An eminent scholar investigates the recent, intriguing attempts to find the “real” Jesus.

The local oxford radio station phoned me last summer. What did I, as a theologian, make of the proposed relaxing of British blasphemy laws?

Yes, I said, we need to safeguard the sensibilities of religious groups. To scrawl rude words on a wall about Jesus—or Moses or Muhammad—would offend some. If having a statute against “blasphemy” would prevent that, so be it.

On the other hand, I said, we don’t need to defend the true God against mocking, insults, or shame. He has already suffered all that on the way to the cross, and he did so voluntarily. In the New Testament, in fact, the people shouting “blasphemy” were those bent on defending their own social, cultural, and political turf—by getting rid of the real Jesus. But Easter gives the answer to that. God can look after himself. He does not need our petty defense.

The next time the radio station rang, it was, ironically, to ask about a spate of new books on Jesus, some none too friendly toward traditional portraits. These new books are raising a host of questions. What is new about Jesus? All sorts of things, apparently:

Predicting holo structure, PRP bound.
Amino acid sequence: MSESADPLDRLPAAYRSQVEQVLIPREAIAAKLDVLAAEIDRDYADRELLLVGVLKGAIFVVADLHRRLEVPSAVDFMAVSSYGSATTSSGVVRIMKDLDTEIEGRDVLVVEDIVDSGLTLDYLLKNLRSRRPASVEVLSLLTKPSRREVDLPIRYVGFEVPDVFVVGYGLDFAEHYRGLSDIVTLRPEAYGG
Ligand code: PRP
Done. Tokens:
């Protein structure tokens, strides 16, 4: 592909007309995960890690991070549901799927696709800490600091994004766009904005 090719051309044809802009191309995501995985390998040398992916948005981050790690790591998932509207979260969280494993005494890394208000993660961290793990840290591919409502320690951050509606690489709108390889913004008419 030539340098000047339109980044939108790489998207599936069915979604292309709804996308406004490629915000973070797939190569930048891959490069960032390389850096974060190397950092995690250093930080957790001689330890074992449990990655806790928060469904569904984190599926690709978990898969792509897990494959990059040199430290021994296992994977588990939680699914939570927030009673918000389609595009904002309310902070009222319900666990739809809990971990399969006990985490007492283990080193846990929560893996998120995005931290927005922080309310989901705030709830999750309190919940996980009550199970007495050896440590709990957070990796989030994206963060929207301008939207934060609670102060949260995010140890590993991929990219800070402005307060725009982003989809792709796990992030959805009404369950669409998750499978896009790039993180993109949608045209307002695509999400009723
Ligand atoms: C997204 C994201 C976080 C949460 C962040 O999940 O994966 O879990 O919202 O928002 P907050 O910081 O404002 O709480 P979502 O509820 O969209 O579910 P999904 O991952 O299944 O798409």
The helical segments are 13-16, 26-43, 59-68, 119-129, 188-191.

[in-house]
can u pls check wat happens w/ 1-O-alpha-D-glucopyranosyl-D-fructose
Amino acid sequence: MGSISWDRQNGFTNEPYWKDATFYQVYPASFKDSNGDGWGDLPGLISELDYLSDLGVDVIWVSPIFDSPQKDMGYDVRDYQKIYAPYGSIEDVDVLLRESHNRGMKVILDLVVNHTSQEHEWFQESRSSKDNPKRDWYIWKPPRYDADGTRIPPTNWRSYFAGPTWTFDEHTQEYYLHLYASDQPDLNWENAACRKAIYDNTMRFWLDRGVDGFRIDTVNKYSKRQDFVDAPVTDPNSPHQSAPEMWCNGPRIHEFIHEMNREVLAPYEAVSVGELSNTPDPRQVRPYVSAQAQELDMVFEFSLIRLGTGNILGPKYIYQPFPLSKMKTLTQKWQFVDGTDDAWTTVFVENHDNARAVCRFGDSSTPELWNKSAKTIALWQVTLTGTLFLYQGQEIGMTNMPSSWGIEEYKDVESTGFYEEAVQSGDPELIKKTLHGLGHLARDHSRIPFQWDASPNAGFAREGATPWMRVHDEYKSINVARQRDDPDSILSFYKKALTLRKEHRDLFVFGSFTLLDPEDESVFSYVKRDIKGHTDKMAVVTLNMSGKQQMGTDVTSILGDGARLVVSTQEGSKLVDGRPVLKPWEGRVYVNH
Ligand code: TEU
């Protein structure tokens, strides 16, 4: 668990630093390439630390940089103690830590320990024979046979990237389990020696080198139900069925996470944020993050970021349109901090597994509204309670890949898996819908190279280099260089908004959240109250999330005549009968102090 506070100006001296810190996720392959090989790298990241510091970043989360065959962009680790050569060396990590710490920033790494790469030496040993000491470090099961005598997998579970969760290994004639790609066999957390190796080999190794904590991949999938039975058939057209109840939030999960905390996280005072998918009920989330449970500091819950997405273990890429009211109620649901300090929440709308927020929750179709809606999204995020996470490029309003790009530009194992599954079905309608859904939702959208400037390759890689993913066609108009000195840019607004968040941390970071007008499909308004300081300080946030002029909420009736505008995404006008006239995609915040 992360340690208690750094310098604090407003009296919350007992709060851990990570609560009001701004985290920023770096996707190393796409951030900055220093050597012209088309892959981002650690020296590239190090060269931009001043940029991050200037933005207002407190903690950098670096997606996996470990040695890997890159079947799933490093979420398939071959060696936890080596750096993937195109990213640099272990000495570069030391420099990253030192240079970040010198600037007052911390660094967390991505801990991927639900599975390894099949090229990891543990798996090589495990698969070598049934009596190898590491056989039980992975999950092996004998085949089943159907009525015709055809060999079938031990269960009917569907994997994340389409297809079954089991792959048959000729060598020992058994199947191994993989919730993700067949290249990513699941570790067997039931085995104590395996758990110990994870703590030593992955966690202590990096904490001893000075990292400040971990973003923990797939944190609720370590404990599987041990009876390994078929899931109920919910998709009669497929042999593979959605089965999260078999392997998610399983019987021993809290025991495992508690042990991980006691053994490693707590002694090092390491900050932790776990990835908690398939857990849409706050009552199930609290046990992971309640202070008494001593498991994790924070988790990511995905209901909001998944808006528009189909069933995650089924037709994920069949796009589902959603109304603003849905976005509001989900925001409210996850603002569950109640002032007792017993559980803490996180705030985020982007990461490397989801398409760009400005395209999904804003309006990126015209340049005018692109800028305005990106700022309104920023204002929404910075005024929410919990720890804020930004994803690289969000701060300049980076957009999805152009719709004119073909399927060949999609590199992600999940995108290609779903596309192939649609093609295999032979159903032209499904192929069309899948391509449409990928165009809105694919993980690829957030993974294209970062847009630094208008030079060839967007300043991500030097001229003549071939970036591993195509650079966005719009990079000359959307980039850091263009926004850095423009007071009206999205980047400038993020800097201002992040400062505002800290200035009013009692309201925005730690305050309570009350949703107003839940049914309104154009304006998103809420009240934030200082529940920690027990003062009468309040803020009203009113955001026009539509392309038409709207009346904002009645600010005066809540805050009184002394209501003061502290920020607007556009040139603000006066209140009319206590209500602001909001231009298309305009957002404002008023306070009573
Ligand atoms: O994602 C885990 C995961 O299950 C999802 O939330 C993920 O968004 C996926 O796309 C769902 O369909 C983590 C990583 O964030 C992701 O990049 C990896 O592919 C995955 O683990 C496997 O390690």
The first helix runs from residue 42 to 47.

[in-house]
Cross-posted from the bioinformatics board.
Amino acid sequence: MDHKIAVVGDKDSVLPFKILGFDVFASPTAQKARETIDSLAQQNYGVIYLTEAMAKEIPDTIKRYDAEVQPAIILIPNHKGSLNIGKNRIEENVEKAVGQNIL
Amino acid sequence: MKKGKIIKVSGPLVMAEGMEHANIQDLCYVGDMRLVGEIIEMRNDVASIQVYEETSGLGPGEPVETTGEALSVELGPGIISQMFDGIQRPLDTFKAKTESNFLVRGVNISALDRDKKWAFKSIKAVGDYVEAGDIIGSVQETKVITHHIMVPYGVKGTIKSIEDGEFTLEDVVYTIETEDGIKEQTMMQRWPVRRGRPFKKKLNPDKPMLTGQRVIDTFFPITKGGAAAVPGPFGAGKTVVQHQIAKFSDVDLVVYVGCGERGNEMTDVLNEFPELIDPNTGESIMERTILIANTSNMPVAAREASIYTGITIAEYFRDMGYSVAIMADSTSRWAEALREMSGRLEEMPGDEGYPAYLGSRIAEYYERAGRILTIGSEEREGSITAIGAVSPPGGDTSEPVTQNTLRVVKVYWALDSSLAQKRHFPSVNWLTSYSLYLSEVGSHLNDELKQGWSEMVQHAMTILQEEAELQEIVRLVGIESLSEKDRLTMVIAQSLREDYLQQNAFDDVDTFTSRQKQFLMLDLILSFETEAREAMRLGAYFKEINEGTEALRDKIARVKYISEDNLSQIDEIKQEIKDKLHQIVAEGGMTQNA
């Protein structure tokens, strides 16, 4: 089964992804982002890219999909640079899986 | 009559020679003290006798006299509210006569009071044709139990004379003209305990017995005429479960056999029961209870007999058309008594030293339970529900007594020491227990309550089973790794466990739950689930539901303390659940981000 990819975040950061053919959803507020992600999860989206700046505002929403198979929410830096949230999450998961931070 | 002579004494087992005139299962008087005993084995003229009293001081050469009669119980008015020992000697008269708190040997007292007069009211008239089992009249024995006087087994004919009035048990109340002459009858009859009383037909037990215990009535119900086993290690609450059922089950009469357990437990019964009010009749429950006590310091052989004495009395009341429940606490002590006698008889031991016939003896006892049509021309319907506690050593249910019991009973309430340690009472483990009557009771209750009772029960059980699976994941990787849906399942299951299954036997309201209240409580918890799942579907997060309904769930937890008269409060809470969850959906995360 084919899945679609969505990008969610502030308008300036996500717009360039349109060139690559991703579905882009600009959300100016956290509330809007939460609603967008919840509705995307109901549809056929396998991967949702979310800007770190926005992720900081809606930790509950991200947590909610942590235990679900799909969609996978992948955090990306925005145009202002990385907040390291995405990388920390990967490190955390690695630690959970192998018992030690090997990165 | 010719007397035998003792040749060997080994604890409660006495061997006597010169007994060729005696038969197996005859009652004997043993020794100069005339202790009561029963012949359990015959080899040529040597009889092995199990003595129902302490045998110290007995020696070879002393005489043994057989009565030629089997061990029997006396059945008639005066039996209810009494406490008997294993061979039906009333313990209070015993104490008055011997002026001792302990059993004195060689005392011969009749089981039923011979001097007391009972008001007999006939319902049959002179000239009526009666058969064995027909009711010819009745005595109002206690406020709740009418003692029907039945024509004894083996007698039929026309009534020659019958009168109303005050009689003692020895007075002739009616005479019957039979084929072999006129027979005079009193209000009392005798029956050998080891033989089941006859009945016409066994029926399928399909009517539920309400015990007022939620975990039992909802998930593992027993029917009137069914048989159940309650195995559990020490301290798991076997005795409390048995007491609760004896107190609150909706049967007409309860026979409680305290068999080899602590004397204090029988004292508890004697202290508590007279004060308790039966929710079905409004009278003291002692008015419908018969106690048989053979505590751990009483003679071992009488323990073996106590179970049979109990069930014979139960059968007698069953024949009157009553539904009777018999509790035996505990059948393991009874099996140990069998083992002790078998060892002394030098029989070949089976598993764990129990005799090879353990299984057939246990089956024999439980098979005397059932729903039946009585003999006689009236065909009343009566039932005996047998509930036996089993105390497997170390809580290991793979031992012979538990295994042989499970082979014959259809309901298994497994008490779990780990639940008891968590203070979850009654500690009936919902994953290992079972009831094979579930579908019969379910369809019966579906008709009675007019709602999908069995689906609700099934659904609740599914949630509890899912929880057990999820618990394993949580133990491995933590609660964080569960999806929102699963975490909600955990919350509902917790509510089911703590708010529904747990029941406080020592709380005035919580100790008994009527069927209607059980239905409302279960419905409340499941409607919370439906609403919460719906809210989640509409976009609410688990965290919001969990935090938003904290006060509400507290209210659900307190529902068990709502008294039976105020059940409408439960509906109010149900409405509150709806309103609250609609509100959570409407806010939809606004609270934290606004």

• He was a good, Jewish lad with a brilliant flair for shrewd moral teaching, and he would have been horrified to think of a “church,” let alone people worshiping him as if he were “divine.” He certainly did not rise from the dead: that was all a mistake. Thus writes A. N. Wilson, best-selling British novelist and biographer, himself newly relapsed from Christianity to agnosticism. His book is called, simply, Jesus.

• He was part of the sect living at Qumran in Palestine; he was married and had three children; then he divorced and remarried. He did not die on the cross, but ...

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